4. Must a reduction in working time, representing the difference in standard working time for daytime work and work under a continuous three-shift regime, be taken into account when a pay comparison is made in relation to a pay discrimination claim, in accordance with Article 119 of the Treaty of Rome and Council Directive 75/117/EEC on the approximation of the laws of the Member States relating to the application of the principle of equal pay for men and women? If the answer is in the affirmative: what significance does it have that under the collective agreement the lower standard working time applying under a continuous three-shift regime constitutes full-time working? If reduced working hours are to be given a particular value, is that value to be regarded as being comprised in the fixed monthly pay or as constituting special compensation which is to be included in the pay comparison?

5. In answering Question 4, is significance to be attached to the fact that the midwives, but not the clinical technician, perform shift work which, under the terms of the collective agreement, affords entitlement to reduced working hours?

Relevance of the questions referred

28 The Landsting contends that the Court cannot answer the questions referred without first determining whether the duties in point in the main proceedings are of equal value. Since, in its submission, a midwife's duties are not comparable to those of a clinical technician, there can be no infringement of Article 119 of the Treaty.

29 At the hearing, the JämO maintained that the Arbetsdomstolen had decided to refer the matter to the Court without deciding the issue of equal value of the work on the ground that this would require complex and costly investigations.

30 In that respect, it should be borne in mind that Article 177 of the Treaty lays down the framework for close cooperation between the national courts and the Court of Justice based on the assignment to each of different functions. It is clear from the second paragraph of Article 177 that it is for the national court to decide at what stage in the proceedings it is appropriate for that court to refer a question to the Court of Justice for a preliminary ruling (see Joined Cases 36/80 and 71/80 Irish Creamery Milk Suppliers Association and Others [1981] ECR 735, paragraph 5).

31 It is true that the need to provide an interpretation of Community law which will be of use to the national court makes it essential to define the legal context in which the interpretation requested should be placed and that, in that respect, it may be convenient, in certain circumstances, for the facts of the case to be established and for questions of purely national law to be settled at the time the reference is made to the Court, so as to enable the latter to take cognisance of all the features of fact and of law which may be relevant to the interpretation of Community law which it is called upon to give (Irish Creamery Milk Suppliers Association, paragraph 6).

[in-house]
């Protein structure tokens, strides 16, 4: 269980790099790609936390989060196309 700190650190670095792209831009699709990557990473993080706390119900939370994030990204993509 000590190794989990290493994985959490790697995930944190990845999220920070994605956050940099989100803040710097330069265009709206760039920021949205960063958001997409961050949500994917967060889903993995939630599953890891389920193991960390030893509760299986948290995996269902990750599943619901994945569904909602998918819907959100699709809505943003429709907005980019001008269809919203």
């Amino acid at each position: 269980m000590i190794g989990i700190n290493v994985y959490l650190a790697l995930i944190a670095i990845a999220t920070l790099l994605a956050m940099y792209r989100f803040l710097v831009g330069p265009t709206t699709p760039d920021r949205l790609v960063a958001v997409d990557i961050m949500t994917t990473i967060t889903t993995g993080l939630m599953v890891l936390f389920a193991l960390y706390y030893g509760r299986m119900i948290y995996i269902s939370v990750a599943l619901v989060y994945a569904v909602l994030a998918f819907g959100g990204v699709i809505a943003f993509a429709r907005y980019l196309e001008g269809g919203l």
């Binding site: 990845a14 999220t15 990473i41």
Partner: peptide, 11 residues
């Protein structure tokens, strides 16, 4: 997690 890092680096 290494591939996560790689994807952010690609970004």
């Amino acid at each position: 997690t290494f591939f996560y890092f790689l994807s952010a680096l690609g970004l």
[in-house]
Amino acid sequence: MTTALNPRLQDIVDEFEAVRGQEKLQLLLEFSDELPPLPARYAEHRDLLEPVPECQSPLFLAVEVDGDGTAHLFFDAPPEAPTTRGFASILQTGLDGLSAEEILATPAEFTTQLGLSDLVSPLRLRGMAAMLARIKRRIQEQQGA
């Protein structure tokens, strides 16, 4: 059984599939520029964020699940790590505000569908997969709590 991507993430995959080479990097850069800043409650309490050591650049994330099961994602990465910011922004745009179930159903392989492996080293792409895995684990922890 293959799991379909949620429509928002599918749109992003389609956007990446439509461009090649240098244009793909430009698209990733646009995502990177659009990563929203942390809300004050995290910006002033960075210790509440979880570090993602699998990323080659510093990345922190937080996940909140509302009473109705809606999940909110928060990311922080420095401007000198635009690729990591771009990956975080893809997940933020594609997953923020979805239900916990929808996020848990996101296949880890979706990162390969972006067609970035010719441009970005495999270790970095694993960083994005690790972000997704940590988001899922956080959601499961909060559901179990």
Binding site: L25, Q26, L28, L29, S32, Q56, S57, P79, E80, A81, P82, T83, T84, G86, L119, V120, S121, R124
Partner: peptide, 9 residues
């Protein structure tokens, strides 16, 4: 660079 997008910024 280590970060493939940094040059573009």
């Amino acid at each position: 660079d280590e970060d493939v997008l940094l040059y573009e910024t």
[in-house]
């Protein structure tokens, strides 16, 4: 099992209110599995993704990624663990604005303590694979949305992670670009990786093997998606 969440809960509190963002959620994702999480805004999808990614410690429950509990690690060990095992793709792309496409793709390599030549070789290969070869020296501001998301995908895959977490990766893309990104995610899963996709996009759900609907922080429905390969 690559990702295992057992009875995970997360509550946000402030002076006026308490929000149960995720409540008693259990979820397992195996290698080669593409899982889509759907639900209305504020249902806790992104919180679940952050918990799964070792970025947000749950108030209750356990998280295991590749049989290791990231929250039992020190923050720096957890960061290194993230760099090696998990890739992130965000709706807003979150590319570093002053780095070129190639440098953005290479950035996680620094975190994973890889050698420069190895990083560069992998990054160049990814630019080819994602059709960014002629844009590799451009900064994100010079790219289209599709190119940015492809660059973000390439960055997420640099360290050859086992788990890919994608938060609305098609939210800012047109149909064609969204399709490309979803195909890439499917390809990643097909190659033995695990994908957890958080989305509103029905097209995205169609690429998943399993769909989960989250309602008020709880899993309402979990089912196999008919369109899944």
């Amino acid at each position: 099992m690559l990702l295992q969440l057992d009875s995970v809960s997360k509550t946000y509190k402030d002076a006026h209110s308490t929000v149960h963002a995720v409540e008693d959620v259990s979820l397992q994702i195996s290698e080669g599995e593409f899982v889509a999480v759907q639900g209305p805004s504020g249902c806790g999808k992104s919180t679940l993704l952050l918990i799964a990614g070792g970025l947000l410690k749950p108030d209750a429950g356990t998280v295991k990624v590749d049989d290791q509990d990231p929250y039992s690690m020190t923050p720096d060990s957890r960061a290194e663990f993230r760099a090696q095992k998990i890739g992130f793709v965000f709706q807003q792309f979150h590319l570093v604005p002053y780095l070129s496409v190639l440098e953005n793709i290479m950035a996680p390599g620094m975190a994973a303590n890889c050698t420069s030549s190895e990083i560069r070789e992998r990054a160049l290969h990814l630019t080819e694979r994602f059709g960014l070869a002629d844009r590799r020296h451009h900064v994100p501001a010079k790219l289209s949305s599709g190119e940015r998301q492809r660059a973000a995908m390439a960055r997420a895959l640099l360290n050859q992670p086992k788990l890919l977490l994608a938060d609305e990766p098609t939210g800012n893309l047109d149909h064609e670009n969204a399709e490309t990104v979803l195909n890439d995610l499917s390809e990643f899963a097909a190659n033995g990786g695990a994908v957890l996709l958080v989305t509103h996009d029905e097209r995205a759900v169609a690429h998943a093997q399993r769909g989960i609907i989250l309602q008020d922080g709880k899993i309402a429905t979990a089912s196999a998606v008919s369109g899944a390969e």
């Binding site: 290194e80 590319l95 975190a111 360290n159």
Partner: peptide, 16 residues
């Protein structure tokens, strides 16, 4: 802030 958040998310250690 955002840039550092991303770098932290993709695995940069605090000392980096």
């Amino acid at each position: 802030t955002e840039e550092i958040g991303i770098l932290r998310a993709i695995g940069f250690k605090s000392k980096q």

32 However, those considerations do not in any way restrict the discretion of the national court, which alone has a direct knowledge of the facts of the case and of the arguments of the parties, which will have to take responsibility for giving judgment in the case, and which is therefore in the best position to appreciate at what stage in the proceedings it requires a preliminary ruling from the Court of Justice (Case C-127/92 Enderby [1993] ECR I-5535, paragraph 10).

33 In this case, taken as a whole, the request for an interpretation of Community law made by the national court has arisen in the context of a genuine dispute and the Court of Justice has the information it needs in order to give a useful reply to the questions referred.

34 Whilst the description in this case of the factual and legal context does appear incomplete in some respects, thus preventing the Court from replying in various respects with the precision it would wish to the questions raised, the Court can none the less give a helpful ruling on the basis of the information before it. The Court may, however, depending on the circumstances, have occasion to leave open certain aspects of the questions raised (see Case C-266/96 Corsica Ferries France [1998] ECR I-3949, paragraph 25).

The first three questions

35 By its first three questions, which it is appropriate to consider together, the national court is essentially asking whether the inconvenient-hours supplement must be taken into consideration in calculating the salary used as the basis for a pay comparison for the purposes of Article 119 of the Treaty and Directive 75/117.

36 It should be recalled at the outset that Article 119 of the Treaty lays down the principle that men and women should receive equal pay for the same work or for work deemed to be of equal value. Thus, the same work or work deemed to be of equal value must be remunerated in the same way whether it is performed by a man or a woman. As the Court has already held in Case 43/75 Defrenne v Sabena (Defrenne II) [1976] ECR 455, paragraph 12, that principle is one of the foundations of the Community.

37 Furthermore, the Court has also held that Article 1 of Directive 75/117, which is essentially designed to facilitate the practical application of the principle of equal pay outlined in Article 119 of the Treaty, in no way alters the scope or content of that principle as defined in Article 119 (Case 96/80 Jenkins v Kingsgate [1981] ECR 911).

38 In order to give a helpful reply to the national court, it must first of all be established whether the inconvenient-hours supplements awarded to workers under the Allmänna Bestämmelser 95 collective agreement fall under Article 119 of the Treaty and therefore under Directive 75/117.